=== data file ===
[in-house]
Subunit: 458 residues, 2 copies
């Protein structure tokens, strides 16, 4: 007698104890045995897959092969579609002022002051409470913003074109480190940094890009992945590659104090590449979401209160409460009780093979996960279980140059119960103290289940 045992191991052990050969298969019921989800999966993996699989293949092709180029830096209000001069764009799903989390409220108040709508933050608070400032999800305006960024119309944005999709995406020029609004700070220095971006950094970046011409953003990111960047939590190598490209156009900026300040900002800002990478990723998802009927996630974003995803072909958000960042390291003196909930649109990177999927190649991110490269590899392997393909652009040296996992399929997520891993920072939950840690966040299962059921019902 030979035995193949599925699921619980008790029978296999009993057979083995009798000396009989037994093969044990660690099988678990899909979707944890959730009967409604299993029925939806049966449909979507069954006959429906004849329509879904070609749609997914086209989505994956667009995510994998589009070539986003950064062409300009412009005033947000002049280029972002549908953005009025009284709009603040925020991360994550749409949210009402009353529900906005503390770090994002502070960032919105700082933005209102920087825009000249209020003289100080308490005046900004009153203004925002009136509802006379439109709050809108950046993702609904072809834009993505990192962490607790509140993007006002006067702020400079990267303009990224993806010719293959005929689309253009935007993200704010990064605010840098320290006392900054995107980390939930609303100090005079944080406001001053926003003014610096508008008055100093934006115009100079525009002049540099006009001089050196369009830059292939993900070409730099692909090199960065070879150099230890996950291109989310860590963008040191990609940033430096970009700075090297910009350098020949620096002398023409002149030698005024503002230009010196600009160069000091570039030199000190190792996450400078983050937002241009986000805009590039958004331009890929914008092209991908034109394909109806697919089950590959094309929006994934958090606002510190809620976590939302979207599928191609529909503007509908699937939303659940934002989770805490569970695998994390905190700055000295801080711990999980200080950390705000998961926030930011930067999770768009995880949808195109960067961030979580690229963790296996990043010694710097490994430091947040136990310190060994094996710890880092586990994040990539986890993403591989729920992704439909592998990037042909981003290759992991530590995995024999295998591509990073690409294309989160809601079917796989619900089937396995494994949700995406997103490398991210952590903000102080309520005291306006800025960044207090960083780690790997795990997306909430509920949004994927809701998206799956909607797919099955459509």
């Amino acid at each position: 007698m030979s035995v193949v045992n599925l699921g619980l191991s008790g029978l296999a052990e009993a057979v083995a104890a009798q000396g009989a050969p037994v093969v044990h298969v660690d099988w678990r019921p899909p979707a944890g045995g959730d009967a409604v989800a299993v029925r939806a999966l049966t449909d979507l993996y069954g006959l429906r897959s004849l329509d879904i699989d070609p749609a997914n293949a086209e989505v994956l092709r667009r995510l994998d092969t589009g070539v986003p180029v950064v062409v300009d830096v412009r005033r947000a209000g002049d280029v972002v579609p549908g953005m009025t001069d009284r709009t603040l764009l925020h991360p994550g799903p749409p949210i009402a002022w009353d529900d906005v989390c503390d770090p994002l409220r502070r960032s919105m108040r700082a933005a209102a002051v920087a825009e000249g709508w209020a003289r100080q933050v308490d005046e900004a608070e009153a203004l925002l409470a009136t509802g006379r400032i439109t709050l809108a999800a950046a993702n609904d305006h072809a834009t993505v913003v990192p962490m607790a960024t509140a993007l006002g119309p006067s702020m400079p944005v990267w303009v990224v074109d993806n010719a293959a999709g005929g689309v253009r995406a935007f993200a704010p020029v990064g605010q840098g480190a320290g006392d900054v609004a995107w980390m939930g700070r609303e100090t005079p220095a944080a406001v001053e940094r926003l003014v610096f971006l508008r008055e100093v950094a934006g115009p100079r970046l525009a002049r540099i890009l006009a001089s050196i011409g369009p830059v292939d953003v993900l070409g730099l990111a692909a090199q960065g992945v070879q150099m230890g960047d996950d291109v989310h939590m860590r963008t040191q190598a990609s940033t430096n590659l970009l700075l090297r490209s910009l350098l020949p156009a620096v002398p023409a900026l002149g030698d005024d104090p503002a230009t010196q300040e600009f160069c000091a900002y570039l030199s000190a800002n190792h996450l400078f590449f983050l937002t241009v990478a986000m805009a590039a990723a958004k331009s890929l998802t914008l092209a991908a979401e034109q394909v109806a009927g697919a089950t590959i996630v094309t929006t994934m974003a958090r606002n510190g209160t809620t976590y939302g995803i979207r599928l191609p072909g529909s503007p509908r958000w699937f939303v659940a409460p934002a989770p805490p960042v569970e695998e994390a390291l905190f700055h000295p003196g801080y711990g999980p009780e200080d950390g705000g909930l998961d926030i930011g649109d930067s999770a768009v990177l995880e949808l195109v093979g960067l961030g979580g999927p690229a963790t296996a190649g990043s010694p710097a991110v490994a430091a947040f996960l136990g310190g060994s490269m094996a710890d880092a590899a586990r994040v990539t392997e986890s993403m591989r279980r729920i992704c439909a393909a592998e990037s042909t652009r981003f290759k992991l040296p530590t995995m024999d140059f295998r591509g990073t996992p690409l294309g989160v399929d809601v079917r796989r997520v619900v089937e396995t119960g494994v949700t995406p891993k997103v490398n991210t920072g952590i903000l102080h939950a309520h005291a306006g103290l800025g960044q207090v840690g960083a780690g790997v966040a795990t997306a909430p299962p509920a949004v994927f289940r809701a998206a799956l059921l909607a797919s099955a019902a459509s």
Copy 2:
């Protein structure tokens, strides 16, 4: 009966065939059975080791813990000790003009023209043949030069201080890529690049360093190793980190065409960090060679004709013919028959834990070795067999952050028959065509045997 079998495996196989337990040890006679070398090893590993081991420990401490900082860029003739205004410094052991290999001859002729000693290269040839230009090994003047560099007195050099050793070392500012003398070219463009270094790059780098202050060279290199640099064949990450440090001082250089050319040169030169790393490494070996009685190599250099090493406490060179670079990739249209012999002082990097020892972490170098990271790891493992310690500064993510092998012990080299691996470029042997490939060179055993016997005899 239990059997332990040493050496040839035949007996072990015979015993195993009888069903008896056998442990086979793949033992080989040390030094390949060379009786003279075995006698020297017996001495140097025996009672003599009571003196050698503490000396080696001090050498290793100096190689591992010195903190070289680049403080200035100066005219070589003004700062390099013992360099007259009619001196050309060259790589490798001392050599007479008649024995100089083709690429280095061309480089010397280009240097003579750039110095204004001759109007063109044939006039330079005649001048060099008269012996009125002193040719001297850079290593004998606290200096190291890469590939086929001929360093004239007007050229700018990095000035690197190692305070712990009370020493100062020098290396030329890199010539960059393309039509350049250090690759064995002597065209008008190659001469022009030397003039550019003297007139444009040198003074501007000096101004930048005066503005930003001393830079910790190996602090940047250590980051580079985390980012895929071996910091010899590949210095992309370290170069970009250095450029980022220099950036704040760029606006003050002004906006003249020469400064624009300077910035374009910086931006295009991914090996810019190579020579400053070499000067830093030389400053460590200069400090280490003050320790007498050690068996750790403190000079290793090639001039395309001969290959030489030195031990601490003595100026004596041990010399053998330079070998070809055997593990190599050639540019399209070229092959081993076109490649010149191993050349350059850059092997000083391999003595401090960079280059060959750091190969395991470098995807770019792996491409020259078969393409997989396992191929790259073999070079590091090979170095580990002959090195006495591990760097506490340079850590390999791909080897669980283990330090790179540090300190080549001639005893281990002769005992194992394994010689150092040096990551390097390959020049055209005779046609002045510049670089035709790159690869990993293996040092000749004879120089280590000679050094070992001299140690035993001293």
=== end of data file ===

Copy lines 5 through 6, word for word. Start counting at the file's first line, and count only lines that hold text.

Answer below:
Copy 2:
């Protein structure tokens, strides 16, 4: 009966065939059975080791813990000790003009023209043949030069201080890529690049360093190793980190065409960090060679004709013919028959834990070795067999952050028959065509045997 079998495996196989337990040890006679070398090893590993081991420990401490900082860029003739205004410094052991290999001859002729000693290269040839230009090994003047560099007195050099050793070392500012003398070219463009270094790059780098202050060279290199640099064949990450440090001082250089050319040169030169790393490494070996009685190599250099090493406490060179670079990739249209012999002082990097020892972490170098990271790891493992310690500064993510092998012990080299691996470029042997490939060179055993016997005899 239990059997332990040493050496040839035949007996072990015979015993195993009888069903008896056998442990086979793949033992080989040390030094390949060379009786003279075995006698020297017996001495140097025996009672003599009571003196050698503490000396080696001090050498290793100096190689591992010195903190070289680049403080200035100066005219070589003004700062390099013992360099007259009619001196050309060259790589490798001392050599007479008649024995100089083709690429280095061309480089010397280009240097003579750039110095204004001759109007063109044939006039330079005649001048060099008269012996009125002193040719001297850079290593004998606290200096190291890469590939086929001929360093004239007007050229700018990095000035690197190692305070712990009370020493100062020098290396030329890199010539960059393309039509350049250090690759064995002597065209008008190659001469022009030397003039550019003297007139444009040198003074501007000096101004930048005066503005930003001393830079910790190996602090940047250590980051580079985390980012895929071996910091010899590949210095992309370290170069970009250095450029980022220099950036704040760029606006003050002004906006003249020469400064624009300077910035374009910086931006295009991914090996810019190579020579400053070499000067830093030389400053460590200069400090280490003050320790007498050690068996750790403190000079290793090639001039395309001969290959030489030195031990601490003595100026004596041990010399053998330079070998070809055997593990190599050639540019399209070229092959081993076109490649010149191993050349350059850059092997000083391999003595401090960079280059060959750091190969395991470098995807770019792996491409020259078969393409997989396992191929790259073999070079590091090979170095580990002959090195006495591990760097506490340079850590390999791909080897669980283990330090790179540090300190080549001639005893281990002769005992194992394994010689150092040096990551390097390959020049055209005779046609002045510049670089035709790159690869990993293996040092000749004879120089280590000679050094070992001299140690035993001293």